Twitter will die of boredom

When right-wing social network Parler — which advertised itself as an "uncancelable free-speech social platform" — shut down in April, its parent company said, "no reasonable person believes that a Twitter clone just for conservatives is a viable business any more."

The reason Parler failed isn't that it was competing against Twitter, says Charlie Wurtzel in his Galaxy Brain column for The Atlantic [paywall]. It's because right-wing trolls couldn't own libs there. Parler wasn't fun.

Right-wing alt-tech platforms may attract investors and a flood of indignant new users with persecution complexes, but they are, ultimately, bad businesses. That's precisely because they lack the one thing that fuels far-right discourse: a way to own the libs. A culture war is no fun if there's no actual conflict, and while some journalist and pundit diehards remain, many of Twitter's prolific users are posting less and on different platforms. Social-media platforms that cater to the right's ideology eventually become tired and predictable—the result of the same loud people shaking their fists at digital clouds. History has shown us that there are plenty of ways a social network can die, but the quickest way is boredom.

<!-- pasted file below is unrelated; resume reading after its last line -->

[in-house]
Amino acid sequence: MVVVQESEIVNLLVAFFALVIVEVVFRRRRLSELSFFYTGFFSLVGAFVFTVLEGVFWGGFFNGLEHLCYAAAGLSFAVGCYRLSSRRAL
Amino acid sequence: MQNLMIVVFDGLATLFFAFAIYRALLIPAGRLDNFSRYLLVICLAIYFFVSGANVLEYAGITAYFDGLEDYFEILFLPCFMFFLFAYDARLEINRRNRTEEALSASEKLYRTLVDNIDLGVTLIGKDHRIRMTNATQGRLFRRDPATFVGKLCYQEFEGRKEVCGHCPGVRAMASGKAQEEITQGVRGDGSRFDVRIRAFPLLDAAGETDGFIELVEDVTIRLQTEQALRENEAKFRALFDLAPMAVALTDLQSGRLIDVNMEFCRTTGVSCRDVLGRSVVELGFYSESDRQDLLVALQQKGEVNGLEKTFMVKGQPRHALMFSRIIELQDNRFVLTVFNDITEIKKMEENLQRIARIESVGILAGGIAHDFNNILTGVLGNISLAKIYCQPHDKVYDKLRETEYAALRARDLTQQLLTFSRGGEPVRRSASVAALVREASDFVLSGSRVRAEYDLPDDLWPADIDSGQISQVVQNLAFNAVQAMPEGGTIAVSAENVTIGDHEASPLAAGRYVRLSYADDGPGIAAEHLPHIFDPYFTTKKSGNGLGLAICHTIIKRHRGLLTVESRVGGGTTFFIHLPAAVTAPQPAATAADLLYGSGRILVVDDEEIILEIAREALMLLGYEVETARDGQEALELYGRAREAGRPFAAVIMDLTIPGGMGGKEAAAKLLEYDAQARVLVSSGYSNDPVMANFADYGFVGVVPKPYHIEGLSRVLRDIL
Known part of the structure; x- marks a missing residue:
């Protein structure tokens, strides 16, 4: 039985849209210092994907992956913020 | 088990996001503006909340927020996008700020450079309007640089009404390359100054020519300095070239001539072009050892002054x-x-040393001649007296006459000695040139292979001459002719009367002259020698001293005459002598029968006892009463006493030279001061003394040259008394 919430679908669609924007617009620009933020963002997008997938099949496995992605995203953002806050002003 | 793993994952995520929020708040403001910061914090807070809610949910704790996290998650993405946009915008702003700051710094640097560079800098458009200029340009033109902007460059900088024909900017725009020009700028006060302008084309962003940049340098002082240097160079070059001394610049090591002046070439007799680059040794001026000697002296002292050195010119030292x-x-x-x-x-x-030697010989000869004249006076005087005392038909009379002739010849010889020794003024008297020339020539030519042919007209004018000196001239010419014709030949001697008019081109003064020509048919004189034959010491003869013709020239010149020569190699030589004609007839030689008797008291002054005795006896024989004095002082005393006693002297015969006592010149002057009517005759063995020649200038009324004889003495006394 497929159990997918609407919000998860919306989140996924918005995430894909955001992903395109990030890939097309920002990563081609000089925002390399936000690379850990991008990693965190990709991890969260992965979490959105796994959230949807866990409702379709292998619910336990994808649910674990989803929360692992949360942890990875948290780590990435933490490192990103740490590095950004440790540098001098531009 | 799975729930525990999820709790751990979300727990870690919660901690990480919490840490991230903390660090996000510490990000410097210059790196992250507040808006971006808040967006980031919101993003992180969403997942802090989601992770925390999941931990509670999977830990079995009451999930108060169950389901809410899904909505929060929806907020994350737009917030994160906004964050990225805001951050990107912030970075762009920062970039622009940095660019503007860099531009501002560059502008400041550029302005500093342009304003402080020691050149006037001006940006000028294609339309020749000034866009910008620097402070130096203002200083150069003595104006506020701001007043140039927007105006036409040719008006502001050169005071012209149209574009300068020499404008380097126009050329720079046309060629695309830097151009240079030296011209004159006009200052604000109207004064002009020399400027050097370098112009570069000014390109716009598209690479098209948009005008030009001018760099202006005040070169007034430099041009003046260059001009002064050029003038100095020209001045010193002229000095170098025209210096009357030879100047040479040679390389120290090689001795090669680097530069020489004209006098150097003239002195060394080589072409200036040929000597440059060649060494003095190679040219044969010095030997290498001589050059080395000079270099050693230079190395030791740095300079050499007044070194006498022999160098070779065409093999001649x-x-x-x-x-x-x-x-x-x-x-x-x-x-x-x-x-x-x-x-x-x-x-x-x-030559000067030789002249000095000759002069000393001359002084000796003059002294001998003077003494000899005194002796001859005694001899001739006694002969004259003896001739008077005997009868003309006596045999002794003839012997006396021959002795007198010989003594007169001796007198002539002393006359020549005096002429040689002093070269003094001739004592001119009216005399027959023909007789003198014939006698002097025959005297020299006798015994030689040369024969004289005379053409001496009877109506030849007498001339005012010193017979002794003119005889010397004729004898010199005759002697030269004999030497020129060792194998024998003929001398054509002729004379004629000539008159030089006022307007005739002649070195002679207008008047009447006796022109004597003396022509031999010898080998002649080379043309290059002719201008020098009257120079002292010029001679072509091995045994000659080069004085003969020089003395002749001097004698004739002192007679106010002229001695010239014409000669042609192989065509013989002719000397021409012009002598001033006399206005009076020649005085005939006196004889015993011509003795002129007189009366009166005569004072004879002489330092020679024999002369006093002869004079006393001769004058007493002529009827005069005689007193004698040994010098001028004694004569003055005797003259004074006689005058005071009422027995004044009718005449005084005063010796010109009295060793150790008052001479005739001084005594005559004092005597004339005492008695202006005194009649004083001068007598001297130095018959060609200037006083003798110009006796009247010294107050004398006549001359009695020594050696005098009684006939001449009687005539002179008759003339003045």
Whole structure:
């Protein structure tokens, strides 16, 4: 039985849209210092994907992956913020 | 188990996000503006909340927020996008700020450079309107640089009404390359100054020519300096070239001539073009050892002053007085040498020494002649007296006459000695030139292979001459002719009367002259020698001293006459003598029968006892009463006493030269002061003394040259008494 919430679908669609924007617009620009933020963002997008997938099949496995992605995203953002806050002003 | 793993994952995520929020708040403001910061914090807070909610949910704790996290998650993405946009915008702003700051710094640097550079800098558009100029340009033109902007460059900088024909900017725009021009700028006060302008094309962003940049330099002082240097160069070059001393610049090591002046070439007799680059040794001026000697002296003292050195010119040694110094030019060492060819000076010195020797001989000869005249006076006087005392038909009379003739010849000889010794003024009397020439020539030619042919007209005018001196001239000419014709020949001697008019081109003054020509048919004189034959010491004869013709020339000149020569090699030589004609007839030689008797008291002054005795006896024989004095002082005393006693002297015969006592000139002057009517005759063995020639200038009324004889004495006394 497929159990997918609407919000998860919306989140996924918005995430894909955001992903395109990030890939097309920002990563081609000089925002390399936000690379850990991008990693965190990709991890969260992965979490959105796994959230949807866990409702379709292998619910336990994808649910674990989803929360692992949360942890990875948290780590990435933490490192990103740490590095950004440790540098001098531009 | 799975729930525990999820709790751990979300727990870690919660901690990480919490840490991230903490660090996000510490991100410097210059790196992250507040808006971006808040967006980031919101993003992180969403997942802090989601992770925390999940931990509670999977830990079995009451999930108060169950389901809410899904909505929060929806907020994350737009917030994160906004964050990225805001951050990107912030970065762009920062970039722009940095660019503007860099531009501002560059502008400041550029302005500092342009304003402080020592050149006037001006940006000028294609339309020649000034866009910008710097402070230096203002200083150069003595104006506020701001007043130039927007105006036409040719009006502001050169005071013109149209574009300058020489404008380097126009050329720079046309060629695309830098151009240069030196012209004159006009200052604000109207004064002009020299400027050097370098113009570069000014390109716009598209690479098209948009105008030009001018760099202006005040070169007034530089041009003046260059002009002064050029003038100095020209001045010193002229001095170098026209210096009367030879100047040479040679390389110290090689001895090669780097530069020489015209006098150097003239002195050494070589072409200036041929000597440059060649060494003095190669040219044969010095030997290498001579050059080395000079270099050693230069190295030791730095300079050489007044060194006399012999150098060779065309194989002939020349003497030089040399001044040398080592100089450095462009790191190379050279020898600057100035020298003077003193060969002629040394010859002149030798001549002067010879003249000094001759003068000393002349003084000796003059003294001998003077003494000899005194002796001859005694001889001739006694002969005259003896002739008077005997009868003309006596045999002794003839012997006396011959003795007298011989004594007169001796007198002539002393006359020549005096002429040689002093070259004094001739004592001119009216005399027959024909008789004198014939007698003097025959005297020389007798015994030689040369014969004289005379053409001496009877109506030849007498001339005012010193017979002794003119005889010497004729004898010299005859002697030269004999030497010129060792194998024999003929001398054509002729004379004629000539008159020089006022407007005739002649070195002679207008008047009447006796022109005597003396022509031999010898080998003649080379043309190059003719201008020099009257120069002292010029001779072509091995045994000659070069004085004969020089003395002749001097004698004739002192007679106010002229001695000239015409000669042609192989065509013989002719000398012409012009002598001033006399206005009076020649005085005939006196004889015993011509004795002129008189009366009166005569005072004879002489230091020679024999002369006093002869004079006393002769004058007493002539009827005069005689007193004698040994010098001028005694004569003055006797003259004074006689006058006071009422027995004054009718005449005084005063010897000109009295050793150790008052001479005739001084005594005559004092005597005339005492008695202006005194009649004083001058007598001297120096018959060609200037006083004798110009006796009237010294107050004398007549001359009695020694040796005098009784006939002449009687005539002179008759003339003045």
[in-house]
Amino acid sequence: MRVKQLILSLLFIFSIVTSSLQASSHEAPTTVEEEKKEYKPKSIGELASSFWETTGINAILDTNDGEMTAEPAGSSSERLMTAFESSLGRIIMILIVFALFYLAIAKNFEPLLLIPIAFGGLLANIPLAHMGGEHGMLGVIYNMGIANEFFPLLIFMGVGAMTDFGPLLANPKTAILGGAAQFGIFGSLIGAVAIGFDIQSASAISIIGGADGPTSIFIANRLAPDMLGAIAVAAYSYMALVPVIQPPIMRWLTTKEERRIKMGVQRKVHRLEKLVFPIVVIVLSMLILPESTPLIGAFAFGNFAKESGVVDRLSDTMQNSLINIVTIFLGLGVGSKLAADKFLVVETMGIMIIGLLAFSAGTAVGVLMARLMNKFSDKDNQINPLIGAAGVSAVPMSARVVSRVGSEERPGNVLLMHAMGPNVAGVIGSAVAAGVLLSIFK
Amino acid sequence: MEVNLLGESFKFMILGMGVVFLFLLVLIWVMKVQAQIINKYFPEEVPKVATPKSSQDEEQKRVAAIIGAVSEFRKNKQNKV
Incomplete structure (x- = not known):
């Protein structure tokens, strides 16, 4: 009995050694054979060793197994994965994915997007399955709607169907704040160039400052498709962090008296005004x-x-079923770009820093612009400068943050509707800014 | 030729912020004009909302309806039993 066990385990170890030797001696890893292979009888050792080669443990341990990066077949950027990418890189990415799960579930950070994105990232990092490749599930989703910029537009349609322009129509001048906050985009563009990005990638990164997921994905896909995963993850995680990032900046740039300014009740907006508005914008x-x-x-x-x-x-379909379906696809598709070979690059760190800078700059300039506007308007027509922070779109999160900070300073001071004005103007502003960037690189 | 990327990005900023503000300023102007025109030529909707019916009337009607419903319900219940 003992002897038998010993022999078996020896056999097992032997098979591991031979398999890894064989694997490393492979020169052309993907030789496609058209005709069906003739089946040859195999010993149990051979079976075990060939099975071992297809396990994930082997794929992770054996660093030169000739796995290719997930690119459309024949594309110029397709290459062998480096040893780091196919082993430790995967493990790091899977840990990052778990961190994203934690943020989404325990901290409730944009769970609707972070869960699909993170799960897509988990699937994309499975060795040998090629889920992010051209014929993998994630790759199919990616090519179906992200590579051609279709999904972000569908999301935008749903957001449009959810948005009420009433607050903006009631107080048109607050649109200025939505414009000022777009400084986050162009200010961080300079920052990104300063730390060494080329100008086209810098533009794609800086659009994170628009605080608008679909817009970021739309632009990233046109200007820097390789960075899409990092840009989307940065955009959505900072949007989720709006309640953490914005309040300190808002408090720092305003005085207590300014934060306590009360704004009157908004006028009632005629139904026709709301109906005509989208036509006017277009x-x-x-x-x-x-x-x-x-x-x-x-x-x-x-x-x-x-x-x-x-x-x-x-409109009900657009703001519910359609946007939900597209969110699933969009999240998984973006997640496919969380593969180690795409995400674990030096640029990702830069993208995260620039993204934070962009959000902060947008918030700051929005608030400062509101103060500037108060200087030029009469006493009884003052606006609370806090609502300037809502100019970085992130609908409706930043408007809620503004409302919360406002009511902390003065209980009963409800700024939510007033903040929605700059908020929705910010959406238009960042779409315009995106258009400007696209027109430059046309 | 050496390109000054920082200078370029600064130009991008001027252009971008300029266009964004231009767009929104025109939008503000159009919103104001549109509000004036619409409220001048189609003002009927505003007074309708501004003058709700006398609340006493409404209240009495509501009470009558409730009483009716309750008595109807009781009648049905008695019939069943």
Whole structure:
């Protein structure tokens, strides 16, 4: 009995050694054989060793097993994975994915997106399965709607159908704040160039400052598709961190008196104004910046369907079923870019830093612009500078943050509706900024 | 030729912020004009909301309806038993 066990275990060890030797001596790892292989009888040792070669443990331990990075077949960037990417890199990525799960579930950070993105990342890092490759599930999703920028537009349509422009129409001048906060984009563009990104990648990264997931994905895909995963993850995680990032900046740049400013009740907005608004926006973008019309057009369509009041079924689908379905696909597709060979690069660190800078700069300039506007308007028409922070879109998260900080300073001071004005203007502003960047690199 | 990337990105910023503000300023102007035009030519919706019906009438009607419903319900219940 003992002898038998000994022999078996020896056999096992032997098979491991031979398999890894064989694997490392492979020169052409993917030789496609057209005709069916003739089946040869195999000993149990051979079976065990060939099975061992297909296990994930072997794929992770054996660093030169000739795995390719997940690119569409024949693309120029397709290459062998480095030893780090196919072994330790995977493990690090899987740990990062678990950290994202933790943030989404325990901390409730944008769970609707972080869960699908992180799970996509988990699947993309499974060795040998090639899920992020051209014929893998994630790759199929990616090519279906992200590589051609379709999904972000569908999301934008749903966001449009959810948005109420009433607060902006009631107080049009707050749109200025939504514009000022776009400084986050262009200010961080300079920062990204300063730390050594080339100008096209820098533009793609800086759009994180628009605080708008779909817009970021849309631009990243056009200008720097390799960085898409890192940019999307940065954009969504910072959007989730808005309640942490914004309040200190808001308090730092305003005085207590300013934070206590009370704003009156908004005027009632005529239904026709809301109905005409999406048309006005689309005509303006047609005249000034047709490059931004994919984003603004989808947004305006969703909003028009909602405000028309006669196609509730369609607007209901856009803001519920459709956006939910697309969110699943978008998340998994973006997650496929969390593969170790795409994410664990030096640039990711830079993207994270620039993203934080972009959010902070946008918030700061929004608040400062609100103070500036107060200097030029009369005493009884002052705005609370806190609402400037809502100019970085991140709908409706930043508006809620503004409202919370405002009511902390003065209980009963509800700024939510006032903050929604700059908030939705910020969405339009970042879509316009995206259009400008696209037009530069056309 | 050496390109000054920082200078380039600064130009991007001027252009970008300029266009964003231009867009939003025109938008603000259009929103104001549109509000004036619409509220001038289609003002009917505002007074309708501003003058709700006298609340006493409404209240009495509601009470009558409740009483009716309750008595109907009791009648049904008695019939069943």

Musk should probably take note of what happened to Parler, but as a right-wing troll himself, he can't help but turn Twitter into a large-scale version of Parler.